Modji Dhadukh, 77, vividly remembers the time when he could barely cultivate one crop. For 15-17 years, though, he has been cultivating three.
Jayaben Redadiya, 63, would have to scamper if she had to host guests for lunch. Those worries are now a thing of the past.
Without any farmland, 41-year-old Thobhan Japda could not have imagined sustaining his household only on dairy products. He recently built a pucca house and a stable where he nurtures three robust Gir cows, each costing over Rs 60,000.
All three are residents of Junagarh’s Jamka village in Gujarat’s Saurashtra region, which has been plagued by water scarcity for years. Their lives changed for the better in 1998-99, when Mansukhbhai Suvagiya, president of Jalkranti trust in Rajkot, visited Jamka and convinced the residents to build check dams. “Water woes had reached miserable levels by the time,” says Suvagiya. "Farmlands were parched. Livestock could not be maintained. Youngsters had started migrating."
Saurashtra is large agrarian constituency which is solely dependent on rainfall, which, unfortunately for the farmers, has been extremely erratic. The region does not have a perennial river, and its strange topography like that of an inverted saucer makes it even more difficult to conserve water.
Suvagiya says he wanted to create a model village in Jamka, which would then inspire the rest of Saurashtra, and possibly inspire the whole of Gujarat to follow suit. He chipped in some of his own money, explained how check dams could solve the water problems, and urged people to contribute as much as they could.
"The science behind check dams is simple," he says. "A small concrete structure prevents water flow during monsoons, and helps conserve water. It can, thus, be used to irrigate farmlands. It also seeps into the ground, helping the ground water recharge, which increases your chances of finding water while digging a well or a borewell."
Jamka was desperate, says Dhadukh, and they lapped up what Suvagiya told them. The village pooled in Rs 10 lakh to build 51 check dams, varying from 4 feet to 14 feet. "I still remember how the entire village came together and worked tirelessly to build those check dams," he says with a grin. "Today, I sow groundnuts in June, tur and wheat as winter crops and cultivate oilseeds in summers. I could not imagine farming in summers. There were days when we hardly farmed six months. Since the check dam initiative, we are working round the year."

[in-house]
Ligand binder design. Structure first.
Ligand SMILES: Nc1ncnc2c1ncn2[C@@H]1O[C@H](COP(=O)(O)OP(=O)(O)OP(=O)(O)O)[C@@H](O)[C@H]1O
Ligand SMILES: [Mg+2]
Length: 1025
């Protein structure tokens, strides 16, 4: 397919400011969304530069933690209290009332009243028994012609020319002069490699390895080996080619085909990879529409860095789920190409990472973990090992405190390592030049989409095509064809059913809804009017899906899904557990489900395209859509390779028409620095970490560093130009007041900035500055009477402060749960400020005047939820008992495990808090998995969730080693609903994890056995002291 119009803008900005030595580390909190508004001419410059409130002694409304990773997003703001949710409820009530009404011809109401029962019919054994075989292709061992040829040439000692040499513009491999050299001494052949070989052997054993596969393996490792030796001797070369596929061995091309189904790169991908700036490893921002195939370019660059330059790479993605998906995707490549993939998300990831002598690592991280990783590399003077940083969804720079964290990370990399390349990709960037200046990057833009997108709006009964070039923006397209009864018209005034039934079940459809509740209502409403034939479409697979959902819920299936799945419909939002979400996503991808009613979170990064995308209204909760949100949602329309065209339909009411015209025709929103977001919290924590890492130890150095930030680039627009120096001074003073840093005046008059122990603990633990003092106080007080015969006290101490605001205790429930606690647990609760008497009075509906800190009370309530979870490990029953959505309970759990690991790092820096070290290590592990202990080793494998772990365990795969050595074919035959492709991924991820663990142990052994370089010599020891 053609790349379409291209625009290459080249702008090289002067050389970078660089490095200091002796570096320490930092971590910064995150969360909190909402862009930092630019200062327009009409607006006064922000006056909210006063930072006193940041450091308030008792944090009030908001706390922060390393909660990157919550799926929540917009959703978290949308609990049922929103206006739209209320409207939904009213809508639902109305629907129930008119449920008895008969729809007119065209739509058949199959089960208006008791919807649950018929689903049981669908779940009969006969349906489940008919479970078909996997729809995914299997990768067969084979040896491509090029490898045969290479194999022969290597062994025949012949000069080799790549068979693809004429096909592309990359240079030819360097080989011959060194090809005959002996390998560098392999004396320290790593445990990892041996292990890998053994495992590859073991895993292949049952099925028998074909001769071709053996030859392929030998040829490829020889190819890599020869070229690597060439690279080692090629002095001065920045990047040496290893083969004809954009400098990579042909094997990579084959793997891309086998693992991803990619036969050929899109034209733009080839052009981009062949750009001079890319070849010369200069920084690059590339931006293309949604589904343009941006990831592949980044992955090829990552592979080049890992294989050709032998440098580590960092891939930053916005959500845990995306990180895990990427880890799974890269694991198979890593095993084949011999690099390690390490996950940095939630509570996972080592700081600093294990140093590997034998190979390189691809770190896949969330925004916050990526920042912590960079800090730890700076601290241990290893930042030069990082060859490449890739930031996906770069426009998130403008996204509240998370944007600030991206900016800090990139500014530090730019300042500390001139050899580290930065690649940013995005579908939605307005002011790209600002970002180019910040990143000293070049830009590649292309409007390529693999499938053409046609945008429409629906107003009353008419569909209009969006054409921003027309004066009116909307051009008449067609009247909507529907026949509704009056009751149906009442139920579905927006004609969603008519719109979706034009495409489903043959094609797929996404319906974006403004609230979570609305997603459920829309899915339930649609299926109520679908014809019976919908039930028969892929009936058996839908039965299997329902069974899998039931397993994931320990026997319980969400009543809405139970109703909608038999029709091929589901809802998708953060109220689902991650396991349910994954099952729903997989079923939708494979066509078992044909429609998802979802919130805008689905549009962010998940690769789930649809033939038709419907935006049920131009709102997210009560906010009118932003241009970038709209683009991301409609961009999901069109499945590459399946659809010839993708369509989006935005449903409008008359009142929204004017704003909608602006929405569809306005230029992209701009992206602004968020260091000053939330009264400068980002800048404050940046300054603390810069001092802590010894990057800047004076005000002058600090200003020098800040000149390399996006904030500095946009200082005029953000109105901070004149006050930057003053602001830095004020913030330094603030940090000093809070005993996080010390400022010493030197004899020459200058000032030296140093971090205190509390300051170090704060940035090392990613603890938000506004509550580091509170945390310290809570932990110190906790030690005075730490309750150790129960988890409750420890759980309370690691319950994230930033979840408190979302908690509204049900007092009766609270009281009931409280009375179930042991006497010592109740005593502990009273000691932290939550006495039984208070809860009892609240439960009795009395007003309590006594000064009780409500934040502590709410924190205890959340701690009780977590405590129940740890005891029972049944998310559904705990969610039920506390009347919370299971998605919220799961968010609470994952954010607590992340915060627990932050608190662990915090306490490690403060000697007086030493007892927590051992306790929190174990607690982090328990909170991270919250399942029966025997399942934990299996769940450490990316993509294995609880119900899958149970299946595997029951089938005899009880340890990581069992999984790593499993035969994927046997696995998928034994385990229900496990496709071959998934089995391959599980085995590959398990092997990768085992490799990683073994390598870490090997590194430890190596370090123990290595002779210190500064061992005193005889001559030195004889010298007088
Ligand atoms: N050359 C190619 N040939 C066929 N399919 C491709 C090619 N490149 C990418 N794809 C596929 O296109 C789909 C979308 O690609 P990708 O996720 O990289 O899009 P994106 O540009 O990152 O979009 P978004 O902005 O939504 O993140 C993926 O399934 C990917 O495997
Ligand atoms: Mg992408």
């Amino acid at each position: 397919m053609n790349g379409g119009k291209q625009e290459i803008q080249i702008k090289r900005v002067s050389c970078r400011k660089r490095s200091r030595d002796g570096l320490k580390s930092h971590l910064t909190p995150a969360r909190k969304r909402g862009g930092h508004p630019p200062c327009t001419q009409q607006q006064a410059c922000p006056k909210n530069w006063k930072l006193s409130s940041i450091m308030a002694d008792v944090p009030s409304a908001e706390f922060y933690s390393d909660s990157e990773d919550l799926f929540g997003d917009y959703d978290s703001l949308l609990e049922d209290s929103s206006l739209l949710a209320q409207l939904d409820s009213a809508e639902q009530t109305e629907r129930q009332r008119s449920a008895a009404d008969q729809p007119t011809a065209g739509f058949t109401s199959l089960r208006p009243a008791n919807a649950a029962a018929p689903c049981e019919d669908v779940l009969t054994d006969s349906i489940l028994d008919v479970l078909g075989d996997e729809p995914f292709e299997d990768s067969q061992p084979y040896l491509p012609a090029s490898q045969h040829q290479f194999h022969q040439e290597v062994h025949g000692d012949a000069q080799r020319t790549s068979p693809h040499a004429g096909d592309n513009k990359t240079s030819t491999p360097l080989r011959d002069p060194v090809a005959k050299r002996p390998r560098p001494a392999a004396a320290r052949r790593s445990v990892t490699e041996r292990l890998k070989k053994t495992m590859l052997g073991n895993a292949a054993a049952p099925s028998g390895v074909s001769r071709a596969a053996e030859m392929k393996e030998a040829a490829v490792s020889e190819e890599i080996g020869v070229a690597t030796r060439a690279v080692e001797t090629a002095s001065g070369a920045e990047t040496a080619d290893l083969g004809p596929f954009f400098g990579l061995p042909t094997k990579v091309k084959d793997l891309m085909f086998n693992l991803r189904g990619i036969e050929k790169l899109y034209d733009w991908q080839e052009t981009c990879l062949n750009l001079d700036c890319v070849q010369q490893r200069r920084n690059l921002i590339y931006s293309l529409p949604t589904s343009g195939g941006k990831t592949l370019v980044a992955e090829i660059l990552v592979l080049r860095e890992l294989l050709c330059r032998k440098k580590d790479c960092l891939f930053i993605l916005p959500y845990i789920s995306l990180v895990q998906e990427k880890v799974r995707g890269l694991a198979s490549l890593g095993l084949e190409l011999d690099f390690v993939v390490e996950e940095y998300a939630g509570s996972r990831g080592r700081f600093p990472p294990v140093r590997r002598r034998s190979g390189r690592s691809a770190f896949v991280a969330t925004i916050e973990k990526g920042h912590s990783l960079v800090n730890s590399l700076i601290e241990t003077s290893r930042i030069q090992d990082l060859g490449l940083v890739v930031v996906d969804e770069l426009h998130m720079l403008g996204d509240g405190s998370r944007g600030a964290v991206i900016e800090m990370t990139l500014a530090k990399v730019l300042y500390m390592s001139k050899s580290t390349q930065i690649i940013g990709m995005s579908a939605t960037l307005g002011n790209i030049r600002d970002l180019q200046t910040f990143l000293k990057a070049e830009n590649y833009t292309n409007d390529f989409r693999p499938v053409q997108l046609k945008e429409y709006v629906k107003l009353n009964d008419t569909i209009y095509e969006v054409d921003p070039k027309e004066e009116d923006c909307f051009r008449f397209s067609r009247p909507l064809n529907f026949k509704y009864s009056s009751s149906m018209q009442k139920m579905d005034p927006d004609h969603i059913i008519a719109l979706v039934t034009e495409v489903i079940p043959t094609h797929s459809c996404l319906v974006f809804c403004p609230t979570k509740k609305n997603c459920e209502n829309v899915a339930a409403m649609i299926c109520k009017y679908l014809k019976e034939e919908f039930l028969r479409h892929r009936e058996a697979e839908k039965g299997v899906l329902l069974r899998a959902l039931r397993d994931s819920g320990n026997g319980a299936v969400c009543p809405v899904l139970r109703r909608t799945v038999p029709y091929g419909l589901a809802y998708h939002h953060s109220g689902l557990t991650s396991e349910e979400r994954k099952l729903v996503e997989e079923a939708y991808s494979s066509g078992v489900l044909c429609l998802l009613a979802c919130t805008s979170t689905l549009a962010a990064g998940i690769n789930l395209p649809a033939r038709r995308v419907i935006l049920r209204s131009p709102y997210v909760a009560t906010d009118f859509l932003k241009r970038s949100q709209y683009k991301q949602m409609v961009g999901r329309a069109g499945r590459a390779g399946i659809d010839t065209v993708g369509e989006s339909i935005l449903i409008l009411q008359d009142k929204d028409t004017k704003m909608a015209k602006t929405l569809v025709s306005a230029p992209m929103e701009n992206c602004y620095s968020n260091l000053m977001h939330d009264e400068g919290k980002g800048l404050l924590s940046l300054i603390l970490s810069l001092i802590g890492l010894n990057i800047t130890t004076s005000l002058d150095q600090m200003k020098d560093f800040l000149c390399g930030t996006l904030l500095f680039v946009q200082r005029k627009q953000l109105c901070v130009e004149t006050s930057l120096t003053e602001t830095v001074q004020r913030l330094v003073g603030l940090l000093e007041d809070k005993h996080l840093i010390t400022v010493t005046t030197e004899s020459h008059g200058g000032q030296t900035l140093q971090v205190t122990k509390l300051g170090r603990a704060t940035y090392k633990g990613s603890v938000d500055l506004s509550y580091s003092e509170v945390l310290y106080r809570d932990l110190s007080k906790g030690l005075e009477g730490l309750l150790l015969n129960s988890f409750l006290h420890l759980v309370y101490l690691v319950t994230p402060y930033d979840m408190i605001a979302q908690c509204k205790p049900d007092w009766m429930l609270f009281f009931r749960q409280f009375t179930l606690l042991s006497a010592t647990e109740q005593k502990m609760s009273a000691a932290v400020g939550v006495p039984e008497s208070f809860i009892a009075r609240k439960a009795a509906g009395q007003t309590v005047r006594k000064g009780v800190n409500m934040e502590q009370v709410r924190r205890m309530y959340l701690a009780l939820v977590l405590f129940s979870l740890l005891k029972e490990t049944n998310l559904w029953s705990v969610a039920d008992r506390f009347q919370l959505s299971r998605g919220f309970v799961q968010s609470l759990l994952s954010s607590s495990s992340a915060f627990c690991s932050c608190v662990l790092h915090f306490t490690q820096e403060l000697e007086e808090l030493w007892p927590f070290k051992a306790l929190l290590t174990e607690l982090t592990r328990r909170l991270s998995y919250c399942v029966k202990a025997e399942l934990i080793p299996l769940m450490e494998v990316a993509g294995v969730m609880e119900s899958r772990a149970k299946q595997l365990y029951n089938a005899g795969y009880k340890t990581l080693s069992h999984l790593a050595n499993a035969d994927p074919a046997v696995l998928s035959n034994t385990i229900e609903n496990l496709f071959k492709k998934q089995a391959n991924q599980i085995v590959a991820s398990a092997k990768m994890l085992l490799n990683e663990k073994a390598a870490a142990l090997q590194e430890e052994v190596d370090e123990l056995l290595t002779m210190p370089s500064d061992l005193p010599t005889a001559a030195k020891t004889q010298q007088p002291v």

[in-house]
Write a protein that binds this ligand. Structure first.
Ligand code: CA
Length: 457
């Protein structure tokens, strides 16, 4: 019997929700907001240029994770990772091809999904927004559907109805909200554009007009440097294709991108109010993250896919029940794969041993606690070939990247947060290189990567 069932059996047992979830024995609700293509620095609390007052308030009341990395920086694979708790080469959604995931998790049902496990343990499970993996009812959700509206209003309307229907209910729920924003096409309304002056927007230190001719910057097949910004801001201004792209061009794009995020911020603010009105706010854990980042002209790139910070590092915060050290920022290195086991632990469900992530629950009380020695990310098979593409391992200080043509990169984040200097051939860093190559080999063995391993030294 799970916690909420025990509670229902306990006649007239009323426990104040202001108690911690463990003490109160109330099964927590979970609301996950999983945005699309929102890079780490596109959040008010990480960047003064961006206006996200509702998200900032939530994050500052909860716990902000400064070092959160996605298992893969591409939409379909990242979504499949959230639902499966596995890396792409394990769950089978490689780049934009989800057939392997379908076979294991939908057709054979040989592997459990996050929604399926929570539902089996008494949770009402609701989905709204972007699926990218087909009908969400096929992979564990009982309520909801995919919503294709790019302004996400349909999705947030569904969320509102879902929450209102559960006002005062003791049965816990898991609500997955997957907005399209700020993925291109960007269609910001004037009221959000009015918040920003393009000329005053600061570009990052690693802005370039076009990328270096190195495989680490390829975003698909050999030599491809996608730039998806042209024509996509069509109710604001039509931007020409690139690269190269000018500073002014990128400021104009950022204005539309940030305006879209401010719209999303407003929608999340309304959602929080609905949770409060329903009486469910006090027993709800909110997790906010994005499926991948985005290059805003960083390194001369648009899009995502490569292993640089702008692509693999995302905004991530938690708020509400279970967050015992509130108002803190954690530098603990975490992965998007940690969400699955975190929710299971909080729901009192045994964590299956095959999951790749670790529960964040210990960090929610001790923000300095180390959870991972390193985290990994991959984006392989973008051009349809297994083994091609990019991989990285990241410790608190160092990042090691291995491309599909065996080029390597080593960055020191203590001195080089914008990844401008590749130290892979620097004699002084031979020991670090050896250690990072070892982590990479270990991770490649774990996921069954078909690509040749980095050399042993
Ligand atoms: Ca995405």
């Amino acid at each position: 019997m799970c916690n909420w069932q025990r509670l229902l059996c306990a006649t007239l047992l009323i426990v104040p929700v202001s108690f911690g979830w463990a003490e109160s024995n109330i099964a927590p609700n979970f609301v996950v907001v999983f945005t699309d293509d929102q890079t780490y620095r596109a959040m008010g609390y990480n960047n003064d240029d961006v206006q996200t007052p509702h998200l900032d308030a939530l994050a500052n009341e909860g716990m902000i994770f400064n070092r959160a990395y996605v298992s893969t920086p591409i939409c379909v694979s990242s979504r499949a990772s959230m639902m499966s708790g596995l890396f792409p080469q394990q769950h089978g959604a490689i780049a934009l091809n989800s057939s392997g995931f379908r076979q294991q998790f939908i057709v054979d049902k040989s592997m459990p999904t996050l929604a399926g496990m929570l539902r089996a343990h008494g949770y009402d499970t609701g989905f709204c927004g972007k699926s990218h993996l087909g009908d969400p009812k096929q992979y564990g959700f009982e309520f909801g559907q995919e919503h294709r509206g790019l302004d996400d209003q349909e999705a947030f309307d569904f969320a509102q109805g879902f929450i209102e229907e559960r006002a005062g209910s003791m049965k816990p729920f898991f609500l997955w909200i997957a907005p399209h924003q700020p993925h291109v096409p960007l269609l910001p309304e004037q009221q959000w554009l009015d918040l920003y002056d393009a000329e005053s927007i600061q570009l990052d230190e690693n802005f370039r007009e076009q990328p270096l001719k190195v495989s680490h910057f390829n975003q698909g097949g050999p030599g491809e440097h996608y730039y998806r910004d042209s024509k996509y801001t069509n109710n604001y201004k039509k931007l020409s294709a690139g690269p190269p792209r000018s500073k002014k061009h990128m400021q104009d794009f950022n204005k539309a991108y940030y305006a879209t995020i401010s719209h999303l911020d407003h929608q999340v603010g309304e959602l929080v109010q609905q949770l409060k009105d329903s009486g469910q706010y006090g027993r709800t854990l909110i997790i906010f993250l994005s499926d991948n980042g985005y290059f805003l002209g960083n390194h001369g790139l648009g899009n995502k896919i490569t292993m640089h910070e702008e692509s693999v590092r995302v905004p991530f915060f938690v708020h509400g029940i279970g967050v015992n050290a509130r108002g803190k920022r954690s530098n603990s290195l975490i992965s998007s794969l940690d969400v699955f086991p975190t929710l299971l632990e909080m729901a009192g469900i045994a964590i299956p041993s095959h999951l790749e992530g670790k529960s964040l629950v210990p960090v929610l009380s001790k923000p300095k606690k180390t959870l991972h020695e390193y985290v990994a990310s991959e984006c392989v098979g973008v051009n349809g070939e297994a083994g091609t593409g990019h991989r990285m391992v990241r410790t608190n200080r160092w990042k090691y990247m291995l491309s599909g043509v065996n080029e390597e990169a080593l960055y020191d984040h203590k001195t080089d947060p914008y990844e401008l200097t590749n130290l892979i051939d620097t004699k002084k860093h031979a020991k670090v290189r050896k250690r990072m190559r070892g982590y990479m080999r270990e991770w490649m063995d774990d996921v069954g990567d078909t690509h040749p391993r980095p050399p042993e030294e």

Even today, the constructions in Jamka stand firm, greeting the annual monsoons without a hiccup. Villagers say the water gushes through the check dams, optimising each and every rain drop.
Jayaben says even during some of the acute droughts in the past few years, Jamka has managed to survive well. "Water tankers have not made rounds in our village," she says. "We do not have to go anywhere to wash clothes, there is enough water to prepare food. Our physical efforts have dwindled to a third."
Sure enough, Jamka did become a model village as Suvagiya had desired. The Gujarat government under the then Chief Minister Keshubhai Patel initiated Sardar Patel Sahabhagi Water Scheme, and the irrigation minister in his cabinet, Babubhai Bokhariya, wrote a letter to Suvagiya appreciating his efforts and citing Jamka as one of the reasons behind launching the state-wide scheme.
To oversee the proceedings of the scheme in Saurashtra, Keshubhai named Devshibhai Patel as the man-in-charge. A loyal BJP member since 1966, who is 72 today, Devshibhai says, "The idea was to educate people and get them involved in the project." “Sardar Patel Sahabhagi Water Scheme assumed an integral role of the people’s movement. We would provide the raw material required for the check dam, which would be 60 percent of the job. And labour work was to be done by the villagers.”
Devshibhai reminisces the initial steps taken by the government. “We did a yatra from Dwarka to Somnath, and the target was to finalise 20,000 check dams,” he says. “The yatra would entail going to various villages and explaining the scheme to get them on board. When it began, 3000 people were with us. By the time it ended, we were accompanied by 60,000.”